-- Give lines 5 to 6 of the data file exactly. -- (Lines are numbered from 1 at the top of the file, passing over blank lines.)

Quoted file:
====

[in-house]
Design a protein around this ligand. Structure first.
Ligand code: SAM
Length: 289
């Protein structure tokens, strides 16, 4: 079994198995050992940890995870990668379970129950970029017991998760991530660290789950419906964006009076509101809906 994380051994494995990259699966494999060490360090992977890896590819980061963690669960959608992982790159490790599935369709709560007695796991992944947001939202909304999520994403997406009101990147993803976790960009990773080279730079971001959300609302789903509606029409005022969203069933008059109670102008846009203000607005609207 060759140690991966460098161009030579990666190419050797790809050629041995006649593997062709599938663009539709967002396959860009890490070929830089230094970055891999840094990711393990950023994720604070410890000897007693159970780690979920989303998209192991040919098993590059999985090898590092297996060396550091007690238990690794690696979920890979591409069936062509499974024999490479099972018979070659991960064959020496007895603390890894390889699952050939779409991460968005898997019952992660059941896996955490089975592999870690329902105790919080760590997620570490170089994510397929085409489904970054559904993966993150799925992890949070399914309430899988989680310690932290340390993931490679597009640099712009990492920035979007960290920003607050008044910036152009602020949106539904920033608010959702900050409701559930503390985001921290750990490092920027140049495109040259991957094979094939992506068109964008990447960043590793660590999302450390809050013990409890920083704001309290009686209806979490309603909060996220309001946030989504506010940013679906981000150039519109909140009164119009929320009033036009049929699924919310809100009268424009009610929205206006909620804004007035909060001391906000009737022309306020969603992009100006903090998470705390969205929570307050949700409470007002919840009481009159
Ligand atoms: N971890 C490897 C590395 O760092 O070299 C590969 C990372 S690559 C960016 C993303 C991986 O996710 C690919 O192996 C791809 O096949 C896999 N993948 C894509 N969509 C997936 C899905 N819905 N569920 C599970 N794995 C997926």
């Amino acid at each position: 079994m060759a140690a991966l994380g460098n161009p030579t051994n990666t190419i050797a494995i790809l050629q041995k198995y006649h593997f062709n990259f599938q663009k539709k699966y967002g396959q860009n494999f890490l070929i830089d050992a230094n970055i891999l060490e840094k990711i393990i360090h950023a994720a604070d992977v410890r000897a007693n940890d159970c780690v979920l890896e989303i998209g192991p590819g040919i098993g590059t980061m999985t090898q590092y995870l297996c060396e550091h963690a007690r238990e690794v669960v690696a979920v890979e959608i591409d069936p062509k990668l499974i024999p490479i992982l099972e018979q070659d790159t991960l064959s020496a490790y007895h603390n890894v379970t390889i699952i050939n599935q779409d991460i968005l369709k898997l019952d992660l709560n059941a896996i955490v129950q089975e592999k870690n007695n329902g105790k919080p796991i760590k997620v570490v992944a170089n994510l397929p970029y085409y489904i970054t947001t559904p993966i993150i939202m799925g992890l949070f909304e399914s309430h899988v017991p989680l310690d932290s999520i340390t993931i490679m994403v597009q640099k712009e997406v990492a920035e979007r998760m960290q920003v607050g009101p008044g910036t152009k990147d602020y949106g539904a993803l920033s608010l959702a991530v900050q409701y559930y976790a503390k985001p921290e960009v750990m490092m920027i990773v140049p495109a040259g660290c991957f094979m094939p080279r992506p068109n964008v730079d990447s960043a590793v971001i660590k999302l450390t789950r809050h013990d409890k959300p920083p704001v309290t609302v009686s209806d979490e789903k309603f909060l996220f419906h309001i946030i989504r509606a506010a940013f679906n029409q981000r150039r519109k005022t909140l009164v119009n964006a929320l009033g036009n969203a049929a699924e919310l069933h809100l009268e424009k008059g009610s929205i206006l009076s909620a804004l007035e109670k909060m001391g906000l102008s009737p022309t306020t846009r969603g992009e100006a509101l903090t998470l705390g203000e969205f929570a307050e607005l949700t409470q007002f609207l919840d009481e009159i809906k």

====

């Protein structure tokens, strides 16, 4: 079994198995050992940890995870990668379970129950970029017991998760991530660290789950419906964006009076509101809906 994380051994494995990259699966494999060490360090992977890896590819980061963690669960959608992982790159490790599935369709709560007695796991992944947001939202909304999520994403997406009101990147993803976790960009990773080279730079971001959300609302789903509606029409005022969203069933008059109670102008846009203000607005609207 060759140690991966460098161009030579990666190419050797790809050629041995006649593997062709599938663009539709967002396959860009890490070929830089230094970055891999840094990711393990950023994720604070410890000897007693159970780690979920989303998209192991040919098993590059999985090898590092297996060396550091007690238990690794690696979920890979591409069936062509499974024999490479099972018979070659991960064959020496007895603390890894390889699952050939779409991460968005898997019952992660059941896996955490089975592999870690329902105790919080760590997620570490170089994510397929085409489904970054559904993966993150799925992890949070399914309430899988989680310690932290340390993931490679597009640099712009990492920035979007960290920003607050008044910036152009602020949106539904920033608010959702900050409701559930503390985001921290750990490092920027140049495109040259991957094979094939992506068109964008990447960043590793660590999302450390809050013990409890920083704001309290009686209806979490309603909060996220309001946030989504506010940013679906981000150039519109909140009164119009929320009033036009049929699924919310809100009268424009009610929205206006909620804004007035909060001391906000009737022309306020969603992009100006903090998470705390969205929570307050949700409470007002919840009481009159
Ligand atoms: N971890 C490897 C590395 O760092 O070299 C590969 C990372 S690559 C960016 C993303 C991986 O996710 C690919 O192996 C791809 O096949 C896999 N993948 C894509 N969509 C997936 C899905 N819905 N569920 C599970 N794995 C997926």